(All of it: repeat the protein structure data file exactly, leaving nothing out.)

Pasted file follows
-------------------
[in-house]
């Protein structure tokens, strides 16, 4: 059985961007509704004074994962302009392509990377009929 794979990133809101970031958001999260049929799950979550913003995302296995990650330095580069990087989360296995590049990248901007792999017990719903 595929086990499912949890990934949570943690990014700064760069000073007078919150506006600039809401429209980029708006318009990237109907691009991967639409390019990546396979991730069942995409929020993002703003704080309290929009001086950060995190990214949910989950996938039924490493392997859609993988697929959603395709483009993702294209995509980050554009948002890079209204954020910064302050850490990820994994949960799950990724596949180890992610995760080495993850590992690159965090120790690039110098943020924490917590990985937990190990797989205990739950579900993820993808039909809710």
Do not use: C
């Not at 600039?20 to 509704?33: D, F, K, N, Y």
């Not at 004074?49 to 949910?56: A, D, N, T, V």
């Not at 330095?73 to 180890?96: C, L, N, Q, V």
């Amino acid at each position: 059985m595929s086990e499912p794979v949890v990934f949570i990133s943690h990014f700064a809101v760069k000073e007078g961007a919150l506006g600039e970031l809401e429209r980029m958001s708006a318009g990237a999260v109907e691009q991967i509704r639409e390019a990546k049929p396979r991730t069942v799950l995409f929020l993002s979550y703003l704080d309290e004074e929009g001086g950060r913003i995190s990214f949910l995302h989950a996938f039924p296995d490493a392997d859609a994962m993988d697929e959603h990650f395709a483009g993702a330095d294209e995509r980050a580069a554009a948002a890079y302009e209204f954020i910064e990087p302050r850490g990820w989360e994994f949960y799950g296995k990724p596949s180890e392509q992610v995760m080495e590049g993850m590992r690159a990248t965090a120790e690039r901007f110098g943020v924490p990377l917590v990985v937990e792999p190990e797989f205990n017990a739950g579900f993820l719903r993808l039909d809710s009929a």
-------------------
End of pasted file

[in-house]
């Protein structure tokens, strides 16, 4: 059985961007509704004074994962302009392509990377009929 794979990133809101970031958001999260049929799950979550913003995302296995990650330095580069990087989360296995590049990248901007792999017990719903 595929086990499912949890990934949570943690990014700064760069000073007078919150506006600039809401429209980029708006318009990237109907691009991967639409390019990546396979991730069942995409929020993002703003704080309290929009001086950060995190990214949910989950996938039924490493392997859609993988697929959603395709483009993702294209995509980050554009948002890079209204954020910064302050850490990820994994949960799950990724596949180890992610995760080495993850590992690159965090120790690039110098943020924490917590990985937990190990797989205990739950579900993820993808039909809710």
Do not use: C
């Not at 600039?20 to 509704?33: D, F, K, N, Y």
């Not at 004074?49 to 949910?56: A, D, N, T, V």
């Not at 330095?73 to 180890?96: C, L, N, Q, V």
């Amino acid at each position: 059985m595929s086990e499912p794979v949890v990934f949570i990133s943690h990014f700064a809101v760069k000073e007078g961007a919150l506006g600039e970031l809401e429209r980029m958001s708006a318009g990237a999260v109907e691009q991967i509704r639409e390019a990546k049929p396979r991730t069942v799950l995409f929020l993002s979550y703003l704080d309290e004074e929009g001086g950060r913003i995190s990214f949910l995302h989950a996938f039924p296995d490493a392997d859609a994962m993988d697929e959603h990650f395709a483009g993702a330095d294209e995509r980050a580069a554009a948002a890079y302009e209204f954020i910064e990087p302050r850490g990820w989360e994994f949960y799950g296995k990724p596949s180890e392509q992610v995760m080495e590049g993850m590992r690159a990248t965090a120790e690039r901007f110098g943020v924490p990377l917590v990985v937990e792999p190990e797989f205990n017990a739950g579900f993820l719903r993808l039909d809710s009929a």